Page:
“Imagine if your power-mad politicians liked Covid Lockdowns so much, they wanted to continue them indefinitely. This is going to be trialled in Oxfordshire in Britain,” a Watts Up With That article stated.
The article is about Oxfordshire County Council’s plans to trial climate lockdowns in 2024 using the “15-Minute City” concept which is intimately tied to sustainability and climate goals.
The Watts Up With That article went viral. In response, reported Vision News, Oxford City and County Councils have rushed to local media claiming that they are now the “victims” of abuse after their plans for a Communist-style dystopian city were revealed.
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Oxford’s 15-Minute Neighbourhoods
On 24 October, Oxford Mail reported that according to a county council travel chief, roadblocks stopping most motorists from driving through Oxford city centre will divide the city into six “15-Minute Neighbourhoods.” And the councillor insisted the controversial plan would go ahead whether people liked it or not.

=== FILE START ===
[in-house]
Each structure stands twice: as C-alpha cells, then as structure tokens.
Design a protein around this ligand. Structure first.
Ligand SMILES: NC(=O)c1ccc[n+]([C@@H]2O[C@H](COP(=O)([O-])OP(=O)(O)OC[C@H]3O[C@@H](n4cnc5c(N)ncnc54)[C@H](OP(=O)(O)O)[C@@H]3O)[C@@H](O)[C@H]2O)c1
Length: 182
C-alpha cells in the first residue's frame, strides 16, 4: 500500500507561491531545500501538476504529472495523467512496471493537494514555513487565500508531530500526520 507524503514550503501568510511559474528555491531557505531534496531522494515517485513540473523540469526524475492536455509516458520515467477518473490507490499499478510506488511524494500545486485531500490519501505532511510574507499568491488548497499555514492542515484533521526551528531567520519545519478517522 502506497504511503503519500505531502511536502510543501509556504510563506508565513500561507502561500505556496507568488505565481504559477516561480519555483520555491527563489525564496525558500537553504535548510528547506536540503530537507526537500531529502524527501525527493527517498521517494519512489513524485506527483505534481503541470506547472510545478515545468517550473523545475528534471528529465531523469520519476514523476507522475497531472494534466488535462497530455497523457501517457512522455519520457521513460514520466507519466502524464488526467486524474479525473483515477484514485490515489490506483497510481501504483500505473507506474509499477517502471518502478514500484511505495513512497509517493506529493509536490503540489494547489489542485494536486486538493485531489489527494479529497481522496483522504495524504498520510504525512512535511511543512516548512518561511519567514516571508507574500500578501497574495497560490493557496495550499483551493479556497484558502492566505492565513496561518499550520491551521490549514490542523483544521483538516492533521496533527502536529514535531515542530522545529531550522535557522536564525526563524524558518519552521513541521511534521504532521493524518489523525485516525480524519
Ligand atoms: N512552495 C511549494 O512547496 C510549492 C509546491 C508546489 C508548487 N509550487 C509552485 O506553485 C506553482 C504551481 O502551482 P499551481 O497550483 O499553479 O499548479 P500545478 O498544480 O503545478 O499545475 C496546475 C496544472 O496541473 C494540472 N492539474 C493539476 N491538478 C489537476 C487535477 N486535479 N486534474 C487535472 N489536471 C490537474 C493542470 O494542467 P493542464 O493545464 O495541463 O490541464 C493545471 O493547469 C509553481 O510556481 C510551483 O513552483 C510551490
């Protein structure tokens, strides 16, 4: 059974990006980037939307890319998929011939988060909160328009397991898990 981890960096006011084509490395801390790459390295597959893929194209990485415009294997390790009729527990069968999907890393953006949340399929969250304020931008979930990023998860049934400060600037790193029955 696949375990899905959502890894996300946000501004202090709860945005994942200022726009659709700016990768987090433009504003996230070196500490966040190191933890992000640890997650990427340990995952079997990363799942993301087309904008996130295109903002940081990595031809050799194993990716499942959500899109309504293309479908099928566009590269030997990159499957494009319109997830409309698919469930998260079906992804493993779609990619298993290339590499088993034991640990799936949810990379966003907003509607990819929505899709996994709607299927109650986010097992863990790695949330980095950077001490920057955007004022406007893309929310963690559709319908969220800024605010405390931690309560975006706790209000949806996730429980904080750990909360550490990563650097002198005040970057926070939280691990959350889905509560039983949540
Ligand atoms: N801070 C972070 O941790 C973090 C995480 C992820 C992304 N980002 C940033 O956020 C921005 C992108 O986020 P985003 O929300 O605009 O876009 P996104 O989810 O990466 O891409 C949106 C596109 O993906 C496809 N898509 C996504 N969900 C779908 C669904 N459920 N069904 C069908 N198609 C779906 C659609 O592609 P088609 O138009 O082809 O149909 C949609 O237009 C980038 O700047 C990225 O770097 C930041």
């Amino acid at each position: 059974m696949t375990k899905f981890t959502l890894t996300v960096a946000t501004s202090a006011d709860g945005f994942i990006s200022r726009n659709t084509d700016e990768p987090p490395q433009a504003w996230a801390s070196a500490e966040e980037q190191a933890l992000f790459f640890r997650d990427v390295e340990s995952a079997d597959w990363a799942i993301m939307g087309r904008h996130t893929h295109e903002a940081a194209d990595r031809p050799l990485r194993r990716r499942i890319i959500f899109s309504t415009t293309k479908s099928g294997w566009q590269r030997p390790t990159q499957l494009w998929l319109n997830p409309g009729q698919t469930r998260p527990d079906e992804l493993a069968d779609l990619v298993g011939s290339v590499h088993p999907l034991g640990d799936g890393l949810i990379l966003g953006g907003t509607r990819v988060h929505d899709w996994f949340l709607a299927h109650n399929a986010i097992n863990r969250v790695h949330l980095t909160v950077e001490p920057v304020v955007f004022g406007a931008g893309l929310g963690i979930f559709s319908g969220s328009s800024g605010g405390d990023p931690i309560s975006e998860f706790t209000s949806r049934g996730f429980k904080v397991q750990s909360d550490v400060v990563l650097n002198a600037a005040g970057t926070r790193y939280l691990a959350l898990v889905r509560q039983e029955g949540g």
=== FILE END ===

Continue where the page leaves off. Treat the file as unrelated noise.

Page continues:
Duncan Enright, Oxfordshire County Council’s cabinet member for travel and development strategy, explained the authority’s traffic filter proposals in an interview in The Sunday Times. He said the filters would turn Oxford into “a 15-Minute City” with local services within a small walking radius.
The day before, The Times reported that Oxford City will be divided into six districts, and motorists will get fined if they leave their neighbourhood too often. The Times claimed the Council was “fighting back” against gridlocked traffic with “strict rules on how often motorists can drive outside their neighbourhood.” However, only The Times is claiming it is to do with gridlocked traffic and it’s curious how The Times made out that was the aim of the Council’s move when it is clearly part of a global agenda. Vision News explained more in an article published on 30 November which began:
Oxfordshire County Council yesterday approved plans to lock residents into one of six zones to “save the planet” from global warming. The latest stage in the “15-Minute City” agenda is to place electronic gates on key roads in and out of the city, confining residents to their own neighbourhoods.